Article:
BACKGROUND

The complaint alleges that plaintiff received "no medical care for the CIDP while" incarcerated at FMC Devens. In particular, at an October 15, 2011 office visit, a nurse practitioner disregarded the progressive deterioration of plaintiff's condition and his swollen legs. She also failed to perform a complete physical examination. The nurse practitioner then "dismissed [plaintiff's] complaints." (Docket Entry # 1).

Prior to his incarceration at FMC Devens, plaintiff underwent physical examinations and testing at Neurology Associates of York Hospital in York, Maine. (Docket Entry # 1-2). A clinical note for a 2010 examination reflects a past diagnosis of CIDP by Scott Heller, M.D. at Beth Israel Deaconess Hospital and a five day course of intravenous immunoglobulin ("IVIG"). (Docket Entry # 1-2). After the diagnosis of CIDP and the short course of IVIG therapy, plaintiff entered FMC Devens.[1] Medical records provided to FMC Devens of plaintiff's treatment before his incarceration disclose the prior history of CIDP. (Docket Entry ## 1, 13-1). The FBP nevertheless did not provide medical care for the condition during plaintiff's incarceration. (Docket Entry # 1).

Before plaintiff's October 2013 release from FMC Devens, he submitted an administrative claim to the FBP in February 2013 complaining about the failure to provide IVIG therapy for his CIDP at the October 15, 2011 visit. (Docket Entry # 1-2). By letter dated August 9, 2013, the Regional Counsel of the northeast regional office of the FBP located in Philadelphia, Pennsylvania denied the claim. The letter recites that the Regional Counsel sent the letter "Via Certified and Return Receipt Mail" to plaintiff at his FMC Devens address. (Docket Entry # 1-2, p. 1). It also sets out certain medical treatment plaintiff received at FMC Devens, including a purported April 29, 2011 evaluation by a neurologist regarding plaintiff's CIDP and plaintiff's purported refusals to undergo prednisone therapy.[2] (Docket Entry # 1-2).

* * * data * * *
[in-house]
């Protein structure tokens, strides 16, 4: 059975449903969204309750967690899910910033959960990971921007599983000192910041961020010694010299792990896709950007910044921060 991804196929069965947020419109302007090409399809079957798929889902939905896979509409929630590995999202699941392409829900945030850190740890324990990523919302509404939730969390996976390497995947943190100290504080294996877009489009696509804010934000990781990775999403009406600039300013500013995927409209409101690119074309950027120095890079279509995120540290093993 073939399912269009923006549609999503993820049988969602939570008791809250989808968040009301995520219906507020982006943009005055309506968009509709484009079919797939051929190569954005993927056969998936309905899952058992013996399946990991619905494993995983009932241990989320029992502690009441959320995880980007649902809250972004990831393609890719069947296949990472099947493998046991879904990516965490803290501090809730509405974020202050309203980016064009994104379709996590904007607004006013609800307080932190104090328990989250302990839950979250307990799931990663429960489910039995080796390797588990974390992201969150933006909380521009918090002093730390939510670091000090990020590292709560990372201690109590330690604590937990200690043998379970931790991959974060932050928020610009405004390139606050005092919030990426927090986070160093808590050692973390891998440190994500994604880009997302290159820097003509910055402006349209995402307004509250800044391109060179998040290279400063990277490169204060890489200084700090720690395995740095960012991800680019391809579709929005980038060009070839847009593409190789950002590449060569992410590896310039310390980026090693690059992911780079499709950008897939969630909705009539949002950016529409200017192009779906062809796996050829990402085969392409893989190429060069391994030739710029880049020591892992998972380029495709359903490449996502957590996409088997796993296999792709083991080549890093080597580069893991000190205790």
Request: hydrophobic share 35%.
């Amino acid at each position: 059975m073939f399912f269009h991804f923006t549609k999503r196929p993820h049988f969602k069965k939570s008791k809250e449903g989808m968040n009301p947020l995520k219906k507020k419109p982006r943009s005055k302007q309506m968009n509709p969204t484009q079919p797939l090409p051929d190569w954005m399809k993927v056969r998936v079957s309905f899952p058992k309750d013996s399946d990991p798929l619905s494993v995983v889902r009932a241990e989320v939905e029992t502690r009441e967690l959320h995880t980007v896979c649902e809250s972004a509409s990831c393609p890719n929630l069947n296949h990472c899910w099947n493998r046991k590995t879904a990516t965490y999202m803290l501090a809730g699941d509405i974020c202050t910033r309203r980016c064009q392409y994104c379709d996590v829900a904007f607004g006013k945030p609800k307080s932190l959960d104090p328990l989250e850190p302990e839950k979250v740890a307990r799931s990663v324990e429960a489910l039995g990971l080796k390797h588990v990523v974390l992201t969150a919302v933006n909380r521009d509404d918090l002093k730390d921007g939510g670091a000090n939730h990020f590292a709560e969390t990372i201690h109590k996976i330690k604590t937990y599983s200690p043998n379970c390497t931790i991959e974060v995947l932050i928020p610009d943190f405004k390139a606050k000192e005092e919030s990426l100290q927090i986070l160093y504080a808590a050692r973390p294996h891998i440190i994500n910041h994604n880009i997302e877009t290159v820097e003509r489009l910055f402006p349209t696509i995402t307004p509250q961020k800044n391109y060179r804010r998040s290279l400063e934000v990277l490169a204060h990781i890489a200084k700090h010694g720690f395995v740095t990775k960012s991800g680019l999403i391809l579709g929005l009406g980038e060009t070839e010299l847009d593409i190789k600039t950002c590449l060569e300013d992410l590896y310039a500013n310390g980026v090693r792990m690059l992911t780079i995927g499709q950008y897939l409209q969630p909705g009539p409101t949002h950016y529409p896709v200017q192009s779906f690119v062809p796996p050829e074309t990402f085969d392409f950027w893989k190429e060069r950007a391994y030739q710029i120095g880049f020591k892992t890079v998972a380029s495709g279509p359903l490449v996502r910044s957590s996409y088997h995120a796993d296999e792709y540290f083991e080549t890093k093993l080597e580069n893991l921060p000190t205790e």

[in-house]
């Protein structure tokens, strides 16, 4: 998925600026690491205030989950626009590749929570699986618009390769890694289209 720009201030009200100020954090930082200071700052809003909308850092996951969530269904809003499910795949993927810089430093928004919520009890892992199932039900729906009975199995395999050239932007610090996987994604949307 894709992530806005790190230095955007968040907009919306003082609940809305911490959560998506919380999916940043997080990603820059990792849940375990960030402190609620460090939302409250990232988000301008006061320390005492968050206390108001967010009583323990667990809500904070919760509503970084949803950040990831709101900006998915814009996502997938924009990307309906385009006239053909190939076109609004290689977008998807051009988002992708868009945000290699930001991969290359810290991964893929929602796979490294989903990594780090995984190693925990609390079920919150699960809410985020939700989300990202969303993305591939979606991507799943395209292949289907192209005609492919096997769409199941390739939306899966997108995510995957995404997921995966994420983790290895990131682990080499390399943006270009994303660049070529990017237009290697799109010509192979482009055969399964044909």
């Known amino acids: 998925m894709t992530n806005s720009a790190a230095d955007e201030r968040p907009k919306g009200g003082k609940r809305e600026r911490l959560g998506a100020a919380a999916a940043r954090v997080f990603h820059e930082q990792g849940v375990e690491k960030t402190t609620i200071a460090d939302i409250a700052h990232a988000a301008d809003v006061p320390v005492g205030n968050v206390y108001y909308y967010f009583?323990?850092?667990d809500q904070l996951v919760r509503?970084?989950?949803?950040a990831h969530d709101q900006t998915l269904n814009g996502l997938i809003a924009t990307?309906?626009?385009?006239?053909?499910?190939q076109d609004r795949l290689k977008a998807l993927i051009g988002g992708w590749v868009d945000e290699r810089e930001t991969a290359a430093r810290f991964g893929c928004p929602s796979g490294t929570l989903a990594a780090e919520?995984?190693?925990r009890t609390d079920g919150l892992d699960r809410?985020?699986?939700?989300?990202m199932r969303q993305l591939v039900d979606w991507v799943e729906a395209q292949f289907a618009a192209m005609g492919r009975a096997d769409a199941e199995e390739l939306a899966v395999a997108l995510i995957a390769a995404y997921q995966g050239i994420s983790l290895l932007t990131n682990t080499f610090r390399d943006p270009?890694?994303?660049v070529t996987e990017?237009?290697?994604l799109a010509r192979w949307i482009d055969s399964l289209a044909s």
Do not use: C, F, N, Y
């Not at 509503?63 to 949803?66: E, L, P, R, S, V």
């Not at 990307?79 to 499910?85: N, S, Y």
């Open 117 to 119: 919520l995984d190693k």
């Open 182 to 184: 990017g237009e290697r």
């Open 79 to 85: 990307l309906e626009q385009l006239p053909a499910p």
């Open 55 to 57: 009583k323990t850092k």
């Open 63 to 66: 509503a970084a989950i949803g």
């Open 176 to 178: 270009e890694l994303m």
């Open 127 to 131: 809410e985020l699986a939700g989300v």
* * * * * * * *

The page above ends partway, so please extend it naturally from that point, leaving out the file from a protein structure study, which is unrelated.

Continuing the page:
Significantly, the letter informed plaintiff that, if dissatisfied with the decision, he could "bring an action against the United States in an appropriate United States District Court within six (6) months of the date of this letter, " i.e., February 9, 2014. (Docket Entry # 1-2). Plaintiff filed this action on

By affidavit, plaintiff states that he served the summons and complaint on May 15, 2014, on "J. Brown, " a person designated to accept service on behalf of the FBP, at the agency's northeast regional office in Philadelphia. (Docket Entry # 6). On May 22, 2015, a Process Server also served the FBP by leaving copies of the summons and complaint with an authorized agent at the FBP's northeast regional office in Philadelphia. (Docket Entry # 7). On the same day, the Process Server served the FBP by leaving copies of the summons and complaint with an authorized agent at the United States Attorney's office in Philadelphia. (Docket Entry # 7).